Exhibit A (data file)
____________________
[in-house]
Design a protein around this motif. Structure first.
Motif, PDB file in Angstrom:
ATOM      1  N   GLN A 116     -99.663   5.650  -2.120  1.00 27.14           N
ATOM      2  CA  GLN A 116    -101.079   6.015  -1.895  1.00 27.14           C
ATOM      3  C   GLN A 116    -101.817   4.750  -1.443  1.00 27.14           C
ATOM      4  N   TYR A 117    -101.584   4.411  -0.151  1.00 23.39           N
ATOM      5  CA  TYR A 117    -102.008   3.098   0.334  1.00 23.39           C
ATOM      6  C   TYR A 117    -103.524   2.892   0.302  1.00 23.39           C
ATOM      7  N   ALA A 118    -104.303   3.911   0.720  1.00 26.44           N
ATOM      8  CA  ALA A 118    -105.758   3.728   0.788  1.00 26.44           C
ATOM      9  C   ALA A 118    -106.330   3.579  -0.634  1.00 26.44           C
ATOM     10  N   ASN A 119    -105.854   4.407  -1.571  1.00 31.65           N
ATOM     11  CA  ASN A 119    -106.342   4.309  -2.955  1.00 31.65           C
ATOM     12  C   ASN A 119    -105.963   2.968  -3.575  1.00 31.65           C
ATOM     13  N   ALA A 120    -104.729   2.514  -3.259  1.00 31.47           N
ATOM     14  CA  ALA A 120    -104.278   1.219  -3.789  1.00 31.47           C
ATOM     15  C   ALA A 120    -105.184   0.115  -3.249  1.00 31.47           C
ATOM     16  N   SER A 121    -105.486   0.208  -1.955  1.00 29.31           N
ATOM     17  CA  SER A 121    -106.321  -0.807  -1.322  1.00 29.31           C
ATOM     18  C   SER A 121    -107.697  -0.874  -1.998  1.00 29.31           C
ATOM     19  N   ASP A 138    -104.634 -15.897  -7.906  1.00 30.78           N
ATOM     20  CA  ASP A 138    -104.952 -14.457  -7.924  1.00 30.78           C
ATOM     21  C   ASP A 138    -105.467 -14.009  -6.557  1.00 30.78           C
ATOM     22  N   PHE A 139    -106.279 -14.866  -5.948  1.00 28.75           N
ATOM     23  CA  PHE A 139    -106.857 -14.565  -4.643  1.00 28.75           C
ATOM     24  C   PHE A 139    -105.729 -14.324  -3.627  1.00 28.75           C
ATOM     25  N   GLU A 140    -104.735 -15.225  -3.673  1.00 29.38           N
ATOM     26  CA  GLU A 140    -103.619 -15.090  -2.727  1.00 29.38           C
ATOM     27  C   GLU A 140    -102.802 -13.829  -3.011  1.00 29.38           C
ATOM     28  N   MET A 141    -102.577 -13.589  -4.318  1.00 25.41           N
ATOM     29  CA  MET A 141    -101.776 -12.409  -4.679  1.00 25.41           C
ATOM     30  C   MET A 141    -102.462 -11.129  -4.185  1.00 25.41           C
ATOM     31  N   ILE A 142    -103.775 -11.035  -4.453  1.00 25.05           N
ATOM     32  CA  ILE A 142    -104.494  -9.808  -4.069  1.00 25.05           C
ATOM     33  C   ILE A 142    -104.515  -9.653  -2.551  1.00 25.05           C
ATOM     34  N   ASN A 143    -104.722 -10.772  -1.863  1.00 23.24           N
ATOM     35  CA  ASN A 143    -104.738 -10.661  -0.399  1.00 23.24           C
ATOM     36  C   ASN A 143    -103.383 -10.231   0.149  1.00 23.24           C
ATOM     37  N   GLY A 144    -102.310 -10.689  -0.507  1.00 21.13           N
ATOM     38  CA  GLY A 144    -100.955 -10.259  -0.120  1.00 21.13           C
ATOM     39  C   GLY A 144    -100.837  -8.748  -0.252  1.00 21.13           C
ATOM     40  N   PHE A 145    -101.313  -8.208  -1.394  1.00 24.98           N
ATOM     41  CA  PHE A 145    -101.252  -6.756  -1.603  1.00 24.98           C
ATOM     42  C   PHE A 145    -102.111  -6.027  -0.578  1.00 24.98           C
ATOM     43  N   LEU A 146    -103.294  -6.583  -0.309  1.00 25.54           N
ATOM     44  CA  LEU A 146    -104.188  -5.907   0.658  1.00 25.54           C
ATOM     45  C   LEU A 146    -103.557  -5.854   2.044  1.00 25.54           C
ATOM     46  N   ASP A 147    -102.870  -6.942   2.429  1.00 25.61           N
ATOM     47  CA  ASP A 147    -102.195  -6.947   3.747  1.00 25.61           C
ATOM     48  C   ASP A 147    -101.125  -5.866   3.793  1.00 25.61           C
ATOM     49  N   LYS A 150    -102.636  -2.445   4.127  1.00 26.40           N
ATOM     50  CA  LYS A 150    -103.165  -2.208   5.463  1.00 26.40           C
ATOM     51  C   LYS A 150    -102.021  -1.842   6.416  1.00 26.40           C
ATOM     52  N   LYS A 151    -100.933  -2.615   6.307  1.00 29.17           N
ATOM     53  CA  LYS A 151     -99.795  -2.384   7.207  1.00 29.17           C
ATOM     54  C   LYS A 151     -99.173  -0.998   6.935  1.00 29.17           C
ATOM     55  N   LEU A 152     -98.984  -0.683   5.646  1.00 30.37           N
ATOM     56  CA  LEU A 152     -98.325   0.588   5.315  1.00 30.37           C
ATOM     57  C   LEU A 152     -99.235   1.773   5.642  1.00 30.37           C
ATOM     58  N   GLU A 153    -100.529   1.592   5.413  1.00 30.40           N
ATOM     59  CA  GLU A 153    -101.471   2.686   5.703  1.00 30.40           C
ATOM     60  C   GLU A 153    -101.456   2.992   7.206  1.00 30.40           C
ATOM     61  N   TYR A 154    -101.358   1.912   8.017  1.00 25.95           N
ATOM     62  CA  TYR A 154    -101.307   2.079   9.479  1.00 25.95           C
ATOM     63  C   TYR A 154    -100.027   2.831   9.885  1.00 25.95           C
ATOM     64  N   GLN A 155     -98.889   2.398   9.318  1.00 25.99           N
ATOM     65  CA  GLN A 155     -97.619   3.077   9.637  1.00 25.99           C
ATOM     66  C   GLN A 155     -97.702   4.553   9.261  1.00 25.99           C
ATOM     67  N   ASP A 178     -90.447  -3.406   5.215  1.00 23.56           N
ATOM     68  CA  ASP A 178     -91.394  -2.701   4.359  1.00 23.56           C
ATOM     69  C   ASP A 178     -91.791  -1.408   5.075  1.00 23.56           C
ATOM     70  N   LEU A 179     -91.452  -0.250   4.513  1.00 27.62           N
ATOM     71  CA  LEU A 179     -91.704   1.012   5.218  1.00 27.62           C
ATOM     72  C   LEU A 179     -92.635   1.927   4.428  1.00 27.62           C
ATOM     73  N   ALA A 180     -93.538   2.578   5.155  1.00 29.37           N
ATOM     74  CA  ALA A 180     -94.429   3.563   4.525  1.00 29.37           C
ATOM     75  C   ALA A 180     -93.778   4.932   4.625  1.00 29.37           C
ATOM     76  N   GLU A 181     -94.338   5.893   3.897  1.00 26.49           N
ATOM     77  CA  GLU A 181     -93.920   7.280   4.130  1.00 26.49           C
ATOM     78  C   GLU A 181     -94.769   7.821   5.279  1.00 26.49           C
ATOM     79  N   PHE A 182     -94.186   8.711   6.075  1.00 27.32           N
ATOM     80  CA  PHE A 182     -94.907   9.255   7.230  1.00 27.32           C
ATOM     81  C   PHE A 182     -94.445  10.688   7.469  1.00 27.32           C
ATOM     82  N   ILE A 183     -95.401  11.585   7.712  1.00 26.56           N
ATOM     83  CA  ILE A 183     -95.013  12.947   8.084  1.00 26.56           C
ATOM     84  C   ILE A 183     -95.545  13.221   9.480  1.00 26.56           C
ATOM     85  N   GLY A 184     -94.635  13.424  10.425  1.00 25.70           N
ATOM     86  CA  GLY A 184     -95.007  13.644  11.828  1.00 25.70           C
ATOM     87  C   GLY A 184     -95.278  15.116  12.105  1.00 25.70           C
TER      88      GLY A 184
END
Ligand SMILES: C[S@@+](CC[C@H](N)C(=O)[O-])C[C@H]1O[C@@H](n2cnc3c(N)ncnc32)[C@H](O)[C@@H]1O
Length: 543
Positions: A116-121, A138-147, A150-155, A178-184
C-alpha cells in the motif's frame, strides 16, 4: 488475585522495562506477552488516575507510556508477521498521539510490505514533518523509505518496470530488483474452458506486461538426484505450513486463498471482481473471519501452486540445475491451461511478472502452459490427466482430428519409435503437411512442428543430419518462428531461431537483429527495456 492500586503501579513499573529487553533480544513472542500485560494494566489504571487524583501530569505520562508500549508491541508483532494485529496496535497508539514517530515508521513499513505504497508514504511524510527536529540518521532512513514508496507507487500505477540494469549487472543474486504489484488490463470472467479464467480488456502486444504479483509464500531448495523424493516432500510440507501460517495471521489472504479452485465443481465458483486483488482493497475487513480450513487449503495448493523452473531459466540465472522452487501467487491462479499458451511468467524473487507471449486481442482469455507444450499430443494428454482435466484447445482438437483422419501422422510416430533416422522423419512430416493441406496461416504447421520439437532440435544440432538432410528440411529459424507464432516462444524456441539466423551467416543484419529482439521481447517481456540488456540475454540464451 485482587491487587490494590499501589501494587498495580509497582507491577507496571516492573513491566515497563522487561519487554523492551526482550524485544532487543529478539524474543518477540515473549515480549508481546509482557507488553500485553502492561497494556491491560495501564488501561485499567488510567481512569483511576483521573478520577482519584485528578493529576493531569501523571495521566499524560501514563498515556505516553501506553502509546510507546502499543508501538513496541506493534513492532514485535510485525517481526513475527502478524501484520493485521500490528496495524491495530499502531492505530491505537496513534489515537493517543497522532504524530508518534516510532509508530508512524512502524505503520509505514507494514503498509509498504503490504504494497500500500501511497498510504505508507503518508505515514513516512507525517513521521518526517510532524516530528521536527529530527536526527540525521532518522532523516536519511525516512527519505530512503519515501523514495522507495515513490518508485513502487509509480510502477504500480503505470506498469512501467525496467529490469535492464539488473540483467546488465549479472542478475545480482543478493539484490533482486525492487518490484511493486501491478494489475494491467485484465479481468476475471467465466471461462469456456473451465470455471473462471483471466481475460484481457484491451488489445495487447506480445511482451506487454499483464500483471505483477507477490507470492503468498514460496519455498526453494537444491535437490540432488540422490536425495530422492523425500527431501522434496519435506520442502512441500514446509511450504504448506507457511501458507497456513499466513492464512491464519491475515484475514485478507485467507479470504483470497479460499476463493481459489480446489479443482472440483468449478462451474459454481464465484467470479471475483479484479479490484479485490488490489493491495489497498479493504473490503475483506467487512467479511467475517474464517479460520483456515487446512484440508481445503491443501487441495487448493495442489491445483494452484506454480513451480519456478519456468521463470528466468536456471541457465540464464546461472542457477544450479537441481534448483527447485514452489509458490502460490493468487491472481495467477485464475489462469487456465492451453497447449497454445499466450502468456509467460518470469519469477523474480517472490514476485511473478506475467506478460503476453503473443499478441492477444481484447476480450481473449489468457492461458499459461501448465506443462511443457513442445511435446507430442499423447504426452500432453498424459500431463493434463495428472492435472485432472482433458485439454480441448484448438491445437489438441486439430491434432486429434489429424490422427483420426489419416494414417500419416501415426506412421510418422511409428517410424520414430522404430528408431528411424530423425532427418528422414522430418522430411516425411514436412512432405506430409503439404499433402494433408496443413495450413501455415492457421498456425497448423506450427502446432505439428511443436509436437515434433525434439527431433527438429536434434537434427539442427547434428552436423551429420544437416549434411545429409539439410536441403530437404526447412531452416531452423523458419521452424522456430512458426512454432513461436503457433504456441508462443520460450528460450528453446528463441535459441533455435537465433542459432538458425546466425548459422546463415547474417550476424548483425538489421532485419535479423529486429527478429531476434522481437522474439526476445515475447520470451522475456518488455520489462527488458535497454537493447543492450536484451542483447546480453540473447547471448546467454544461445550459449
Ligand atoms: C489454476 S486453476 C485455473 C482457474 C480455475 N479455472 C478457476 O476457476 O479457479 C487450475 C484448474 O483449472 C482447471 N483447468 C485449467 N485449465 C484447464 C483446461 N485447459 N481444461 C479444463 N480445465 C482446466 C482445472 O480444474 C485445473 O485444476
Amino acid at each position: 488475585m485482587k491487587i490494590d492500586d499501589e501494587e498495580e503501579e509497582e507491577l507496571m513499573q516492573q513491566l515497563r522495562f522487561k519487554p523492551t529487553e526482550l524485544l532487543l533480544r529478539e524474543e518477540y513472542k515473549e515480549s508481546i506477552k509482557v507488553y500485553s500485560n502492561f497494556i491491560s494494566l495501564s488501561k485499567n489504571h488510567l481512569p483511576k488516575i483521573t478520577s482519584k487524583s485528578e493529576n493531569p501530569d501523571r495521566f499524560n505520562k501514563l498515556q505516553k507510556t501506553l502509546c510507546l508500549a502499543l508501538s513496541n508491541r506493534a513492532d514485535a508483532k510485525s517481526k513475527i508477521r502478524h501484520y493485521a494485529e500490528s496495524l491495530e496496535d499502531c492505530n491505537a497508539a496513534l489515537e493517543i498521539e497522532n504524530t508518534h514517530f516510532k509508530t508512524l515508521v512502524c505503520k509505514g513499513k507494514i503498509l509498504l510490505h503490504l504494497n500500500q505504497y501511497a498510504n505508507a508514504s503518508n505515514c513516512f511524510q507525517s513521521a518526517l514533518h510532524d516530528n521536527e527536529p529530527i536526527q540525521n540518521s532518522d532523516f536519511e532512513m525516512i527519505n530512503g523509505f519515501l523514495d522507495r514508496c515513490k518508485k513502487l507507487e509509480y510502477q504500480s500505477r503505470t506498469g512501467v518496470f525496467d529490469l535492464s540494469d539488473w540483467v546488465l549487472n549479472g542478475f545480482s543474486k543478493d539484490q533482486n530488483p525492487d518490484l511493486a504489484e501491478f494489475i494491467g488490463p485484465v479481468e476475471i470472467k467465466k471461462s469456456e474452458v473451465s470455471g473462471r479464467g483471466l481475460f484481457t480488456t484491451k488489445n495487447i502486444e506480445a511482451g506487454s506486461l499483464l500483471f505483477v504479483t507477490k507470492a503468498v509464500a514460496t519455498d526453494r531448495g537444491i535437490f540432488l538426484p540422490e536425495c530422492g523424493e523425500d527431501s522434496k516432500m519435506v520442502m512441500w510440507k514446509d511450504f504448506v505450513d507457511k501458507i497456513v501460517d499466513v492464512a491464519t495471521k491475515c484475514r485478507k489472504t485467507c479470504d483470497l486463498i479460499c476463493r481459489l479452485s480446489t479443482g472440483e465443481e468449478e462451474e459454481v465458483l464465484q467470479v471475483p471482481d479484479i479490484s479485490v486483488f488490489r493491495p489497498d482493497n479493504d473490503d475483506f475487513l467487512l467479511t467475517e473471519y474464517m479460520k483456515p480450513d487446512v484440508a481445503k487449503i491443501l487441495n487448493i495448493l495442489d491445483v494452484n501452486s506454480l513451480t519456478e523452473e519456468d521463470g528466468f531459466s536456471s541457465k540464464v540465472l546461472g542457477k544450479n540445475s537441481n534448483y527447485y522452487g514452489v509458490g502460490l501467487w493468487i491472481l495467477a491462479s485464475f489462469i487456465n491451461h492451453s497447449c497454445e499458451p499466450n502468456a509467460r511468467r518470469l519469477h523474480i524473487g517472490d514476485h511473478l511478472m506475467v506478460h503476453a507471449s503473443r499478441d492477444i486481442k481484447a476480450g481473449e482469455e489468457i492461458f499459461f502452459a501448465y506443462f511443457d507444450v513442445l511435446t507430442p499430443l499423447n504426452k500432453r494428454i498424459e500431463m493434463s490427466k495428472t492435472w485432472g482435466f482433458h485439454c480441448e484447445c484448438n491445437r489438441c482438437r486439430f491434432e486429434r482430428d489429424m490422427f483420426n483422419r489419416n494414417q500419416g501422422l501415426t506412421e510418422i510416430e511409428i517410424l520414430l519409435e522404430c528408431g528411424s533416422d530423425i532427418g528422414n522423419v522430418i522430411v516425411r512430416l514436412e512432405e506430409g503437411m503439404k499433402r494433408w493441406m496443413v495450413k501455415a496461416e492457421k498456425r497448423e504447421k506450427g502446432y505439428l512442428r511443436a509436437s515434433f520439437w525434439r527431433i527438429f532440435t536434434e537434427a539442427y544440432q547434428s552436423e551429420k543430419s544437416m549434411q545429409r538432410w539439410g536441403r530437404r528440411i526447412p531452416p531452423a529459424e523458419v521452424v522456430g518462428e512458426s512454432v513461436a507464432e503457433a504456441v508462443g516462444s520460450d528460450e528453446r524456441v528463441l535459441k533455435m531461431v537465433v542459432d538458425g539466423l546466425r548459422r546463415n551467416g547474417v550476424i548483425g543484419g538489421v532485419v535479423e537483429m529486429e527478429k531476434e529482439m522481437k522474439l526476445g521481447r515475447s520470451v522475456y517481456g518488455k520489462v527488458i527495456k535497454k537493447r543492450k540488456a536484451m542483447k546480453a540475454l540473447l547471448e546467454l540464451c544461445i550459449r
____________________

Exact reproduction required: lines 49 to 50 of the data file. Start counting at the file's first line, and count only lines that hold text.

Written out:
ATOM     46  N   ASP A 147    -102.870  -6.942   2.429  1.00 25.61           N
ATOM     47  CA  ASP A 147    -102.195  -6.947   3.747  1.00 25.61           C